Elijah, a 21-year-old student at NTU, asserts that SUs will continue to serve the interests of the school administration over those of the students. As long as the very structure of student unions remains tied to the school, it’s only inevitable that their hands will be tied towards serving those in power.
In my student union career, I was tasked to solve that problem: To close the distance between the student union, the students, and the administration at the university.
However, “outreach” events only worked so well—peers came for the freebies, rarely for the purposes of relaying genuine feedback to upper management. “Feedback is futile,” they’d say as they help themselves to free notepads and phone accessories.
Those pointed remarks might stem from the cynical view: “resume-padders”, as we’ve come to call them, occupy the ranks of the student union. Self-interest undergirds the motivation to serve. Genuine care for student welfare can be found but is largely overshadowed.
While there’s nothing wrong with “padding your resume”, if the work to actually improve student welfare gets done, what happens is that the larger student body disengages from the student union.
When this happens, student unions lie relatively unchecked, forming a microcosm of society’s closed circle of elite decision-makers. Unchecked power then raises the question: Do student unions represent the students’ interests or the students who happen to make the right political moves?
The case of Ethan Ong seems to tilt the answer towards the latter. Despite a disciplinary committee finding his actions “overboard”, Ethan was allegedly allowed to continue his work as a student leader during his suspension. There was hardly any enforcement of consequences for his actions.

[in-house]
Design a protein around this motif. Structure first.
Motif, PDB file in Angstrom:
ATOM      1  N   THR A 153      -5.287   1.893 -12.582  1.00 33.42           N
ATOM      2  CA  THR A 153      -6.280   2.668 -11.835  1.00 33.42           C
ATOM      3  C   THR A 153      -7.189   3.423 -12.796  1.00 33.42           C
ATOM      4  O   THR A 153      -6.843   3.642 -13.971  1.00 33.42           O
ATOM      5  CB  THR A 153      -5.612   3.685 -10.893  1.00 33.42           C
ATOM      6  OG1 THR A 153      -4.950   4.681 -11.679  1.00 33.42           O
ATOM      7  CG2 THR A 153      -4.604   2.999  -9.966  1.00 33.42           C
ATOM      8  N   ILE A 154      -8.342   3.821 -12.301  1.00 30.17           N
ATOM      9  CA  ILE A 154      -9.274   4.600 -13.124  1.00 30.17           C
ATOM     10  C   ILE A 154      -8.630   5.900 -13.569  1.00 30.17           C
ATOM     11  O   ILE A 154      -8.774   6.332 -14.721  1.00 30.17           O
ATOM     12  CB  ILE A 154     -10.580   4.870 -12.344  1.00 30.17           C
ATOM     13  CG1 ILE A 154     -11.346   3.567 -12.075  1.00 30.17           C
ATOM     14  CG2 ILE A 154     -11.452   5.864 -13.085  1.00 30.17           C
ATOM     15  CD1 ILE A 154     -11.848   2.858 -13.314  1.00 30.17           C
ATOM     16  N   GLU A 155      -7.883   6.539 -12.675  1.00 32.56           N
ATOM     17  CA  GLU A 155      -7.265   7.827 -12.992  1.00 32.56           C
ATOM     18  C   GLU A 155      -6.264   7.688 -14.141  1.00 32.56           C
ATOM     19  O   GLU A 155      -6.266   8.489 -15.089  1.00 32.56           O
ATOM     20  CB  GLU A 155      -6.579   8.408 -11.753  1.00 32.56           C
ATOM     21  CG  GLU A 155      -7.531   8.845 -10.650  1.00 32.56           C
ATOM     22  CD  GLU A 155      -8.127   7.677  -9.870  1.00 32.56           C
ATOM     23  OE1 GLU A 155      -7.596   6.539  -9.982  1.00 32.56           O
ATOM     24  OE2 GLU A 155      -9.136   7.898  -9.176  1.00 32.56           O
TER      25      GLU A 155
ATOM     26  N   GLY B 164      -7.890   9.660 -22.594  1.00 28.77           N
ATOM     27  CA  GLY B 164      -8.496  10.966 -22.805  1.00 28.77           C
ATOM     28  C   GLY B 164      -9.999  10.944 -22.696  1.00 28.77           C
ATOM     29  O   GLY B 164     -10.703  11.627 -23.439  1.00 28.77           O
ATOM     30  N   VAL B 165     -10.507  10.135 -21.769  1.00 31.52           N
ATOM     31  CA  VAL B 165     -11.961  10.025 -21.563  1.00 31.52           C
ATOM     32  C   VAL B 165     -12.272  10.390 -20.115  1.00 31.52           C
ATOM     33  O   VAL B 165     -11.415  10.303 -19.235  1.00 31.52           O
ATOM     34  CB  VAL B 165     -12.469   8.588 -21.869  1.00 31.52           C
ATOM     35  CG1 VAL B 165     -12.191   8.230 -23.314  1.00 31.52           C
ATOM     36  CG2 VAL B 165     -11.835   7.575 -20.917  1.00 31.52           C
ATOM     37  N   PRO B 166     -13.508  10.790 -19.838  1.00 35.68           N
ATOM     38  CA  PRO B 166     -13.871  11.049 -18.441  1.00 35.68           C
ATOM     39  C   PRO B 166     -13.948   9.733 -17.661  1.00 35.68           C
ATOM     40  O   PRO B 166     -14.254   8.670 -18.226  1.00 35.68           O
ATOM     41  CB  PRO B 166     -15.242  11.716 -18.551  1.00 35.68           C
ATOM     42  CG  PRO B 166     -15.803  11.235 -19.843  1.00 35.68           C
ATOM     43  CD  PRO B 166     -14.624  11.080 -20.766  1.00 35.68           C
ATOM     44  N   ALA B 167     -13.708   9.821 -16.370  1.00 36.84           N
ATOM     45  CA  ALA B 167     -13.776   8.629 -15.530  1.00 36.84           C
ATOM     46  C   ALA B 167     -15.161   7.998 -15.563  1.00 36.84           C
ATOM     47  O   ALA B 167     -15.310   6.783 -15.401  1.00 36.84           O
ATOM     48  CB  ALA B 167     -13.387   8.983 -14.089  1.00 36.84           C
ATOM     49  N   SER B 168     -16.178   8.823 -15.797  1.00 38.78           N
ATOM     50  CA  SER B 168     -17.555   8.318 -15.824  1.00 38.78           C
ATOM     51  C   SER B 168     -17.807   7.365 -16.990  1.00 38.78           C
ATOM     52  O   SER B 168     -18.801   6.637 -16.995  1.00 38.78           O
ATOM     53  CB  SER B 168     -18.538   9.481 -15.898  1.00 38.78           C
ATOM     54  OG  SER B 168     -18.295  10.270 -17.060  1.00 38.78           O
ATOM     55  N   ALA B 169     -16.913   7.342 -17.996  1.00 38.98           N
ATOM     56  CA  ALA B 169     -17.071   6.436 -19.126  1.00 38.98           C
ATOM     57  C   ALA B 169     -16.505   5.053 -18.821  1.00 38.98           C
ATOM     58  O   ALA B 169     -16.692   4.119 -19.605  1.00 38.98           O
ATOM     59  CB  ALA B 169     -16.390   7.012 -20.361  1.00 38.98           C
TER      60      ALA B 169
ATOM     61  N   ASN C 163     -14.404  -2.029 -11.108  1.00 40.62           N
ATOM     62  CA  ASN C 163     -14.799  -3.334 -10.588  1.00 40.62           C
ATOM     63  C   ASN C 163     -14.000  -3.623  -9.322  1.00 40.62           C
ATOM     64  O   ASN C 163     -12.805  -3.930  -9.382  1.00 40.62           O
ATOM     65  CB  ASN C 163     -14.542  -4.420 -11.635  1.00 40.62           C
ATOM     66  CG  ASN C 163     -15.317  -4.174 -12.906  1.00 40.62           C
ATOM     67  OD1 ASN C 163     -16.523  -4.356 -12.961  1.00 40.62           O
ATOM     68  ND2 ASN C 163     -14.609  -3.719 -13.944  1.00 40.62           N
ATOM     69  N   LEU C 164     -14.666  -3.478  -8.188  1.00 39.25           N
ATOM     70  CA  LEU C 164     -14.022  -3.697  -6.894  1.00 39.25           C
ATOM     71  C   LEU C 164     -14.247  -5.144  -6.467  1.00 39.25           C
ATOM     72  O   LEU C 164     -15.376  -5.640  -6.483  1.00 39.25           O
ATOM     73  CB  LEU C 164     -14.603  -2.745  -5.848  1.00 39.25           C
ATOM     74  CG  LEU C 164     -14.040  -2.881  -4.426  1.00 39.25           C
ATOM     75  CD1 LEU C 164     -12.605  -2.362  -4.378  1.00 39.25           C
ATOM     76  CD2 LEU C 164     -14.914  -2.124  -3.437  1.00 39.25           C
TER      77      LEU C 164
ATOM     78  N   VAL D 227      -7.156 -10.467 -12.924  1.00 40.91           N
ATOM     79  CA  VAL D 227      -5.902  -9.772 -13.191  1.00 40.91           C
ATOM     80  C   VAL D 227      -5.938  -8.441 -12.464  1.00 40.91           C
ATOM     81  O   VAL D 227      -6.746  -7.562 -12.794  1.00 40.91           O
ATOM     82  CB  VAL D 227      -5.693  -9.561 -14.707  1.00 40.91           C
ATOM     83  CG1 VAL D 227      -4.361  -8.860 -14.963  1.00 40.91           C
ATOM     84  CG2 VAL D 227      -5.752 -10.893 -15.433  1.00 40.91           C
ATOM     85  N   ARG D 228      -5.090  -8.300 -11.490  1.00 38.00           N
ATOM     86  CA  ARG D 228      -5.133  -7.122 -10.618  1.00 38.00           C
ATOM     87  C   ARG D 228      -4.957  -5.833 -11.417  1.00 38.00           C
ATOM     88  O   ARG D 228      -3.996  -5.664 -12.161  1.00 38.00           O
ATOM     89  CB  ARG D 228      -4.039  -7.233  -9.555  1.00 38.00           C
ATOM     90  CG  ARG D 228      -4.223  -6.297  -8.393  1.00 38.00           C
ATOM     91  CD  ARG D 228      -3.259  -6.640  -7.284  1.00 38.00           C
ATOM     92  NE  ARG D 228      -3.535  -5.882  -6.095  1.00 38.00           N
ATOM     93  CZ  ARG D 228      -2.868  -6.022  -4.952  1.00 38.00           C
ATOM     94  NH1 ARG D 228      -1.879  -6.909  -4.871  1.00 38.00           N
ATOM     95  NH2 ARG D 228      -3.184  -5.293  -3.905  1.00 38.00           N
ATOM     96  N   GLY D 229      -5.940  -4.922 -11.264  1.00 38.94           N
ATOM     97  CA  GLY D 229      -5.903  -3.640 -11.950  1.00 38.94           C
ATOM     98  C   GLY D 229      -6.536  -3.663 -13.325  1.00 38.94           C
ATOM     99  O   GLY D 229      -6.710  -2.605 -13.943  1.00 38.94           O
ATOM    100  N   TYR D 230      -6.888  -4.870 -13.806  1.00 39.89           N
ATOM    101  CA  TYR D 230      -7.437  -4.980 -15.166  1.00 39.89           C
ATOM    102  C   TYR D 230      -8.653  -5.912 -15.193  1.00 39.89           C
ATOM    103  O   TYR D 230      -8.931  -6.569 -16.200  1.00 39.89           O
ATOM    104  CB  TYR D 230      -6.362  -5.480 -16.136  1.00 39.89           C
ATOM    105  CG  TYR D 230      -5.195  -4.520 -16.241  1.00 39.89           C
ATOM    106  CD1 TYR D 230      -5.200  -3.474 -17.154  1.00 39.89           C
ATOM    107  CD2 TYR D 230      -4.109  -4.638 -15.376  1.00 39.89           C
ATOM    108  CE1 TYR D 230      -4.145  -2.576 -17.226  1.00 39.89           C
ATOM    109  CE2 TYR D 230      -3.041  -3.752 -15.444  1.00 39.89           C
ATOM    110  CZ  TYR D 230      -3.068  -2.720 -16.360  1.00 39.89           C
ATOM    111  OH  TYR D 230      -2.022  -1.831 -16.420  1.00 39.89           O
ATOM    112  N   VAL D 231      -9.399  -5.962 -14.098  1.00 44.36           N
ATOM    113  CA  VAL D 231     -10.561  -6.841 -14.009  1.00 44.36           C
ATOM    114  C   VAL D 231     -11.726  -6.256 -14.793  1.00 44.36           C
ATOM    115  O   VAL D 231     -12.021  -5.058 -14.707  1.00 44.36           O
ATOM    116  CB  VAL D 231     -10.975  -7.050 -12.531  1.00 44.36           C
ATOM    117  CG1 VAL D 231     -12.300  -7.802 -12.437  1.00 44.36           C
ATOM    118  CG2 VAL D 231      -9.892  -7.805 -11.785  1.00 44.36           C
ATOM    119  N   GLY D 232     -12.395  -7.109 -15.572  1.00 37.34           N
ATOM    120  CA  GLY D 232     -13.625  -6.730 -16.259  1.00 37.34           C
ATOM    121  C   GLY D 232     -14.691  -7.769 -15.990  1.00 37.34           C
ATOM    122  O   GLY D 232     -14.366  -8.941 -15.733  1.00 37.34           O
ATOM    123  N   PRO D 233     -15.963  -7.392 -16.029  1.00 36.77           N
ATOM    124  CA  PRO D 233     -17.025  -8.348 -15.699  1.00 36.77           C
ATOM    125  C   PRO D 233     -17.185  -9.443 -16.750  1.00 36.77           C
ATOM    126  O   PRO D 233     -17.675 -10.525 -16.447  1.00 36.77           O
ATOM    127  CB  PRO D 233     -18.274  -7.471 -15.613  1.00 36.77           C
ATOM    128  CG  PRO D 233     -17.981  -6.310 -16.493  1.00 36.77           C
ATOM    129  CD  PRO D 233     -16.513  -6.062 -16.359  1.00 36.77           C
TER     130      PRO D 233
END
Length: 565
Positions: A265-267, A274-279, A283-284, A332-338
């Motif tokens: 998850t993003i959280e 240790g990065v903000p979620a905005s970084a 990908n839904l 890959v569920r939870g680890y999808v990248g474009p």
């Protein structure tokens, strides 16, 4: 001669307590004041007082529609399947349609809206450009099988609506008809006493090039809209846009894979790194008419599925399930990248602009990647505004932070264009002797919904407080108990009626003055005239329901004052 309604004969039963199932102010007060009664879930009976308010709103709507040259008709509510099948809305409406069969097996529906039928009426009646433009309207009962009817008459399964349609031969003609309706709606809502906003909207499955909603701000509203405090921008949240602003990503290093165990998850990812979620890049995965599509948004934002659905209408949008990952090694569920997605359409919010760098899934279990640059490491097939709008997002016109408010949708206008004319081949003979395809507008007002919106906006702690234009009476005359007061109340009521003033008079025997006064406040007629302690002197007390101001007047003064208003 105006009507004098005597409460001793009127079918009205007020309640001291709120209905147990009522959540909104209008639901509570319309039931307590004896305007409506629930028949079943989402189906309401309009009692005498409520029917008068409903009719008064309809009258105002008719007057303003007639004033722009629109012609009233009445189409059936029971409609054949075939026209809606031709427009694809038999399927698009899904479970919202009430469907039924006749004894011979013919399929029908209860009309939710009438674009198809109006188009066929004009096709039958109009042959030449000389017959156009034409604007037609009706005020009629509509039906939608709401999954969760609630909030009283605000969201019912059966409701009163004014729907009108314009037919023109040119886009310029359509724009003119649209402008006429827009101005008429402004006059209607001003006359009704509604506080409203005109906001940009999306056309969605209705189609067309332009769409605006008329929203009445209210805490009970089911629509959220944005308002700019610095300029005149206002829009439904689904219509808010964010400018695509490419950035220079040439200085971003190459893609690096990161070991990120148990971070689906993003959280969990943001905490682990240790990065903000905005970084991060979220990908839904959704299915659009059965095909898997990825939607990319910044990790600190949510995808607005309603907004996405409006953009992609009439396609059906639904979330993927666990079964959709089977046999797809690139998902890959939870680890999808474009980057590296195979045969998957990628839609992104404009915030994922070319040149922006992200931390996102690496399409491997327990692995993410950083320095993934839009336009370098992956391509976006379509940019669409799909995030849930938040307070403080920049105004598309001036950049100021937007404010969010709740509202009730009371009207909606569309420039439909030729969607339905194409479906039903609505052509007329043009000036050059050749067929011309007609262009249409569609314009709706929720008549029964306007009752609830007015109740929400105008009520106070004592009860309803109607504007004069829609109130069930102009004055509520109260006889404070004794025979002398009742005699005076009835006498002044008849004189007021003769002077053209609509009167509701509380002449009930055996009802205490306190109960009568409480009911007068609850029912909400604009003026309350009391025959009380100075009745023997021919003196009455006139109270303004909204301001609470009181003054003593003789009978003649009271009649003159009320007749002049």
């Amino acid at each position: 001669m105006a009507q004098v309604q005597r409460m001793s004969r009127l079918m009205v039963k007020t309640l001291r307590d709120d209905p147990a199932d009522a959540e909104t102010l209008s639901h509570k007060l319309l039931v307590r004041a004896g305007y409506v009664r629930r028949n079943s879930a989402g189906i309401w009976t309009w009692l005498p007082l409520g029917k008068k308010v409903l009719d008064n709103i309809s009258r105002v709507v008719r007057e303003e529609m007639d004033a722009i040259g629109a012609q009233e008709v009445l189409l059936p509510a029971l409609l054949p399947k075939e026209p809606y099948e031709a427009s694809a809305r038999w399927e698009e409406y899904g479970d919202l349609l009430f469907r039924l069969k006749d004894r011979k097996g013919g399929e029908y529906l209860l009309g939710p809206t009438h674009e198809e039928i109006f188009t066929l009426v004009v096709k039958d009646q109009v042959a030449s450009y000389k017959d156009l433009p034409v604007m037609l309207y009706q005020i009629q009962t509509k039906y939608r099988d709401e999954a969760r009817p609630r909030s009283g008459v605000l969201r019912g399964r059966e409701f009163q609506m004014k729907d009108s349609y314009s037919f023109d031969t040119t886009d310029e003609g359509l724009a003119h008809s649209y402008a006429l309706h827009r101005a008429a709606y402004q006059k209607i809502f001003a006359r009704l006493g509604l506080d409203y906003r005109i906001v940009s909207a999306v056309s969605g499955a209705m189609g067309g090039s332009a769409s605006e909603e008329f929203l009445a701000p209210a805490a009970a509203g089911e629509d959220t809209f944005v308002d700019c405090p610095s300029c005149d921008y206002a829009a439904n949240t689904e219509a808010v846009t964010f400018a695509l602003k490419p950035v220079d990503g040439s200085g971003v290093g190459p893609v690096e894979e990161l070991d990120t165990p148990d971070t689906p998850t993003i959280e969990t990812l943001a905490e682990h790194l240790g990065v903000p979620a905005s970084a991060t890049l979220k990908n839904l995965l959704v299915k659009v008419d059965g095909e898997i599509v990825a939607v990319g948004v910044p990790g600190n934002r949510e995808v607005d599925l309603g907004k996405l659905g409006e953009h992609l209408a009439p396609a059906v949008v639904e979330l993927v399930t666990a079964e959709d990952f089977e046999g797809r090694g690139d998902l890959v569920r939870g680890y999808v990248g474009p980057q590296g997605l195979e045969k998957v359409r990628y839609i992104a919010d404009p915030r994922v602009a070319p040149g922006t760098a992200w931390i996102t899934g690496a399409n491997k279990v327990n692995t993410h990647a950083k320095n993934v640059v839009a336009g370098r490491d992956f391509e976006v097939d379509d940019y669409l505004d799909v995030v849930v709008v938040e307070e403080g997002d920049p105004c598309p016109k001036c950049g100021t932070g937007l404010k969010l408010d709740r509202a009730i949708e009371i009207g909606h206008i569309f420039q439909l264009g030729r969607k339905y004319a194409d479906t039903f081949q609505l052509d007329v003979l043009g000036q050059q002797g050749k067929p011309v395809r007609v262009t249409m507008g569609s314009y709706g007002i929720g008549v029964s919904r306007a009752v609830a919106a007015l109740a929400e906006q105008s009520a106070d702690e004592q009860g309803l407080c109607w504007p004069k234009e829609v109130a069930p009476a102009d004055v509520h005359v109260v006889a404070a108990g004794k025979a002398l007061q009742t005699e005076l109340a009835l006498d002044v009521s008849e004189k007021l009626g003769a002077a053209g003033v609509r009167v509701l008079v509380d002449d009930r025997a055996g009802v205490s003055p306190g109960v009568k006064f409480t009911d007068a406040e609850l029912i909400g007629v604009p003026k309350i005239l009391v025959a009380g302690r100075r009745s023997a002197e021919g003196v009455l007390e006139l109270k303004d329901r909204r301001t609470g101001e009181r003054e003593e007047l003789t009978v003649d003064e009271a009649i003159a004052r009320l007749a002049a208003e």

How Did Student Unions Lose Their Bite?
One of the ways to restore the correct balance is to remind those in high places—the student union, more specifically—the historical roots of the organisation they now serve.
Unlike their more-than-lacklustre performances now, student unions were once active as political organisations. From 1974 to 1975, a former rendition of the NUS Student Union rallied students in their pursuit to make the university more “socially relevant”.
Leaders of the University of Singapore (the predecessor to NUS) Student Union—Juliet Chin and Tan Wah Piow—organised protests against various issues, ranging from the increased public bus fares to fairer treatment for retrenched and unemployed workers.
However, this fall from grace isn’t exactly the student unions’ fault. Blaming Student Unions for their perceived “toothlessness” is to miss the bigger historical picture behind their decline.
In his book, Kent Ridge, An Untold Story, scholar Kevin Y.L. Tan propounds that the original layout of NUS Kent Ridge campus was designed in the 1970s to hamper organisation among students for potential protests.
He points out that the perching of the Student Centre on a ridge makes it challenging for students to congregate. By doing so, it effectively cuts off the crucial ingredient necessary for protests: Space.
Over the years, as student unions became increasingly co-opted by their larger institutions in exchange for funding and organisational support, they found themselves gradually giving up their political edge. This undermines their ability to take decisive actions in cases like Ong’s, where issues of socially relevant accountability are at the forefront.
Back to School For Student Unions
Gone are the days of radical student activism from Singapore’s student unions, but its current renditions can take a page out of their ancestors’ playbook. Can you really blame the students for being indifferent when the union that represents them seems closed and cut off?
If I learnt anything from my experience in a student union, I regained my conscience and that student unions should first represent their students before representing their institutions.
And if NTUSU had abided by those principles, perhaps Ethan would have faced bigger consequences even before the media attention.
Similarly, if student unions such as NTUSU continue to represent the interests of the few over the many, students can be comforted by the fact that they got their money’s worth: An education of what it’s probably like in the “real world”.